Thursday, January 24, 2013

The Mysterious Case of Apple's Missing Growth

Under the headline "Apple Reports Record Results," the company delivered what appears at first look a modest performance in its December quarter. For the 13-week period ended December 29, 2012, Apple reported revenue of $54.512 billion and earnings per share of $13.81. The outcome represents revenue growth of 17.65% over the prior-year period and a slight decline in earnings per share from $13.87. 

The December quarter, Apple's first quarter of FY2013, was 13 weeks in length versus 14 weeks in the prior-year period. Apple's fiscal quarters are usually 13 weeks in length and always end on a Saturday. Every 5 or 6 years, depending on the number of leap days in the multi-year period, Apple adds a 14th week to its first fiscal quarter to align fiscal quarters closer to calendar quarters. On a weekly basis, Apple's revenue was $4.2 billion in the recent December quarter versus $3.3 billion in the prior-year period. On an equal week basis, revenue in the quarter rose 26.7%

However, the market's response to the December quarter results drove the share price down more than 12% to just over $450 on extraordinarily high volume the day after the release of earnings. Apple's overall revenue growth rate and the rate of growth in iPhone and iPad unit sales did not impress the Street. 

iPhone and iPad Unit Sales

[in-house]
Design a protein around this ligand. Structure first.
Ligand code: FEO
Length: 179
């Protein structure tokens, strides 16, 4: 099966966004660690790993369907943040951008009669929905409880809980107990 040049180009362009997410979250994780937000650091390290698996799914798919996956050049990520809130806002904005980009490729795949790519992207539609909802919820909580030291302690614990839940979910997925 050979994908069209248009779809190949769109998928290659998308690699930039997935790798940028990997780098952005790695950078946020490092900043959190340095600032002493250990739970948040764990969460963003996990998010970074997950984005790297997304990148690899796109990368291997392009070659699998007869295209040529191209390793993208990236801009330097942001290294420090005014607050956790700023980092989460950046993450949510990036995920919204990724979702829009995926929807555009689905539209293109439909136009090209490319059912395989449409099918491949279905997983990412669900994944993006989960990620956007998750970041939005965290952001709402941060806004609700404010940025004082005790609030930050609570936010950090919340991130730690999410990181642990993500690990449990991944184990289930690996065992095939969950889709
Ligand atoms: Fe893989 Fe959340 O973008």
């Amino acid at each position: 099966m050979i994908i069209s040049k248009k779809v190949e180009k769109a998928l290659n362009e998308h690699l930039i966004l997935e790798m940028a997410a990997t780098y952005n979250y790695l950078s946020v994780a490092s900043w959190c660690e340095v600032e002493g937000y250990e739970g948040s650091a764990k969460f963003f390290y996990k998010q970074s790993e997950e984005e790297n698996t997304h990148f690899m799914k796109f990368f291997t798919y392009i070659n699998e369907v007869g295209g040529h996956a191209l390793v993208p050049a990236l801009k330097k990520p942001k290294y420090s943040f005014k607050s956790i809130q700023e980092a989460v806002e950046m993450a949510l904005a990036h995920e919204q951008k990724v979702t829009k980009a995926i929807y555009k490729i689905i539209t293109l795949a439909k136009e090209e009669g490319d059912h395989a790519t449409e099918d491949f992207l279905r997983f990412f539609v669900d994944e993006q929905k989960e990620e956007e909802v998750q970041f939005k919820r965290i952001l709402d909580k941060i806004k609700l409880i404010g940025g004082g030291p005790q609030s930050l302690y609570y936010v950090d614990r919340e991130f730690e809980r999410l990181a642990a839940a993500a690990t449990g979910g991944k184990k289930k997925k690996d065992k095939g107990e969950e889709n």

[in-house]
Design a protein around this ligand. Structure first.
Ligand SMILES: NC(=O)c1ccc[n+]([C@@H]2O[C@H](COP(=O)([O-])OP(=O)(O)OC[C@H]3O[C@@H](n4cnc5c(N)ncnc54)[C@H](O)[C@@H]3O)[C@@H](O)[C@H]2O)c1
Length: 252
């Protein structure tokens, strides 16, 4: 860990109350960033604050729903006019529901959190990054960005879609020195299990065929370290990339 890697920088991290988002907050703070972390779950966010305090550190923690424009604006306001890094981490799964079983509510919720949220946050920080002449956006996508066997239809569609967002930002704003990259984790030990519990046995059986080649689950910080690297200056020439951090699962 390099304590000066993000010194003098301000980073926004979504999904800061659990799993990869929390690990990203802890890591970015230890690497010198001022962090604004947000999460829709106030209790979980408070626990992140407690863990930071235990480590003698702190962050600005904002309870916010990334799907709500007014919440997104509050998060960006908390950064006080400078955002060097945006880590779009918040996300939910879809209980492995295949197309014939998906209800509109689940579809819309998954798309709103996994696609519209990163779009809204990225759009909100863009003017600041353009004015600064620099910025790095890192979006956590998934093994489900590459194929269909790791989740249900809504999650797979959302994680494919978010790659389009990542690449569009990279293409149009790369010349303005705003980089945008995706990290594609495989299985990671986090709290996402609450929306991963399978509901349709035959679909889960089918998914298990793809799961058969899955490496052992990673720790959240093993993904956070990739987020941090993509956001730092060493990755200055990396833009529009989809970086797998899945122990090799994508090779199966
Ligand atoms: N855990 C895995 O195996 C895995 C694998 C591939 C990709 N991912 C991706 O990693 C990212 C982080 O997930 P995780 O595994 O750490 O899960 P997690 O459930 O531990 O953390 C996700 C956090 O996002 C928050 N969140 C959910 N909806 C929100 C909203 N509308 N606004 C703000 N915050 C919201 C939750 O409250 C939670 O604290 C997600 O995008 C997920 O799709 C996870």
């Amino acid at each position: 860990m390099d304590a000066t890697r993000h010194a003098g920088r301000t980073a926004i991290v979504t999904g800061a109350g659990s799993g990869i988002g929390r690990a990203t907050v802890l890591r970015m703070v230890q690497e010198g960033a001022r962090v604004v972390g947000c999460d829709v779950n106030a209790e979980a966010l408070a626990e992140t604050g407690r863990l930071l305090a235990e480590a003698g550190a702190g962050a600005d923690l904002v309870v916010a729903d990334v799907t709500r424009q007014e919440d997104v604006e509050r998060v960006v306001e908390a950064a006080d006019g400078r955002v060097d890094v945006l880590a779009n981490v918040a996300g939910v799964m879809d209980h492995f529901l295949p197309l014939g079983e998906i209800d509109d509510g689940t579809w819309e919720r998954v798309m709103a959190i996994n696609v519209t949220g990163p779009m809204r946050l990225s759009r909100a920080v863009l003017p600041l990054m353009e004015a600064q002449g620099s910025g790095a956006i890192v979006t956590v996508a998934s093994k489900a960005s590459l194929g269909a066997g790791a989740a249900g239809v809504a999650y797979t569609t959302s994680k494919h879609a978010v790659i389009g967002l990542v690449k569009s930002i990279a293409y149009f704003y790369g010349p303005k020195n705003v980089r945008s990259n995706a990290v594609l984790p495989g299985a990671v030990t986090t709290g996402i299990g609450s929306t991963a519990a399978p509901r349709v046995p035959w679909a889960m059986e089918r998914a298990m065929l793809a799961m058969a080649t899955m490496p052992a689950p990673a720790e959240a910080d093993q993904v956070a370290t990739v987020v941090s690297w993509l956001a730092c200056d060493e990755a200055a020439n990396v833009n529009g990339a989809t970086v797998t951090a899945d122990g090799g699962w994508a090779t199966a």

In the December quarter, iPhone unit sales rose about 29% to 47.789 million units and iPad unit sales rose about 48% to 22.86 million units. iPhone revenue growth tracked close to the rate of growth in unit sales, but iPad revenue rose only 22% year-over-year due to the influence of the lower-cost iPad mini. 

The graph below illustrates the rising percentage of Apple's revenue provided by the iPhone and iPad lines. 

Mac and iPad Unit Sales
In the December quarter, Mac unit sales fell about 22% due in large part to constrained supplies of the new iMacs. Apple ended the December quarter with Mac channel supply below the desired target range. As expected, iPod unit sales continued to decline. Apple sold about 12.679 million iPods, off 18% on a year-over-year basis. 

Apple's high concentration of revenue in its newest product lines, the 14-week prior-year period and lowered gross margin due to multiple product transitions in the quarter, created an outcome that underwhelmed investors. Gross margin dropped from last year's unsustainable 44.68% to about 38.63% in the December quarter. But there's more to the story.